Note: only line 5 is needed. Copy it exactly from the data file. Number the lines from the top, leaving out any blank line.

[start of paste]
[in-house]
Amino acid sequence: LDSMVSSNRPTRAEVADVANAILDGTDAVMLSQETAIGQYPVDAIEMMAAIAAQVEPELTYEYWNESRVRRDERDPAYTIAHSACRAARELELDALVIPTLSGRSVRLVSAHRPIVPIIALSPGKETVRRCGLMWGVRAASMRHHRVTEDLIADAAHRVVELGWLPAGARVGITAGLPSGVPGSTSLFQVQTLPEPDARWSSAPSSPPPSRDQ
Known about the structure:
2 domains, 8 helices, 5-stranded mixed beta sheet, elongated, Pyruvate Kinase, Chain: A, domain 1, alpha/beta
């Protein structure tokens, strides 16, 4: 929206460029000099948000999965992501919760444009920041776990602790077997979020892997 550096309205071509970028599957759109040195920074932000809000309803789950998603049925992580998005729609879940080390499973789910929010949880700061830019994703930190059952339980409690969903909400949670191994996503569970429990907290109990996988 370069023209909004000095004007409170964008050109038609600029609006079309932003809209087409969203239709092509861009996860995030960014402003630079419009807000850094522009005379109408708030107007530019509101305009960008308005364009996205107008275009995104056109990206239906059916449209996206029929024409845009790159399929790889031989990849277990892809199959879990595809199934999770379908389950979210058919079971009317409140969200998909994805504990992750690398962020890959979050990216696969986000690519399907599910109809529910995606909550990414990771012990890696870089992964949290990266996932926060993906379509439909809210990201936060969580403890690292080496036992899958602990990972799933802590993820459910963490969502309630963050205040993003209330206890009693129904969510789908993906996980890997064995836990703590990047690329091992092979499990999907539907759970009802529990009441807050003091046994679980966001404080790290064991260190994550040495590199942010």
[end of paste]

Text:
């Protein structure tokens, strides 16, 4: 929206460029000099948000999965992501919760444009920041776990602790077997979020892997 550096309205071509970028599957759109040195920074932000809000309803789950998603049925992580998005729609879940080390499973789910929010949880700061830019994703930190059952339980409690969903909400949670191994996503569970429990907290109990996988 370069023209909004000095004007409170964008050109038609600029609006079309932003809209087409969203239709092509861009996860995030960014402003630079419009807000850094522009005379109408708030107007530019509101305009960008308005364009996205107008275009995104056109990206239906059916449209996206029929024409845009790159399929790889031989990849277990892809199959879990595809199934999770379908389950979210058919079971009317409140969200998909994805504990992750690398962020890959979050990216696969986000690519399907599910109809529910995606909550990414990771012990890696870089992964949290990266996932926060993906379509439909809210990201936060969580403890690292080496036992899958602990990972799933802590993820459910963490969502309630963050205040993003209330206890009693129904969510789908993906996980890997064995836990703590990047690329091992092979499990999907539907759970009802529990009441807050003091046994679980966001404080790290064991260190994550040495590199942010």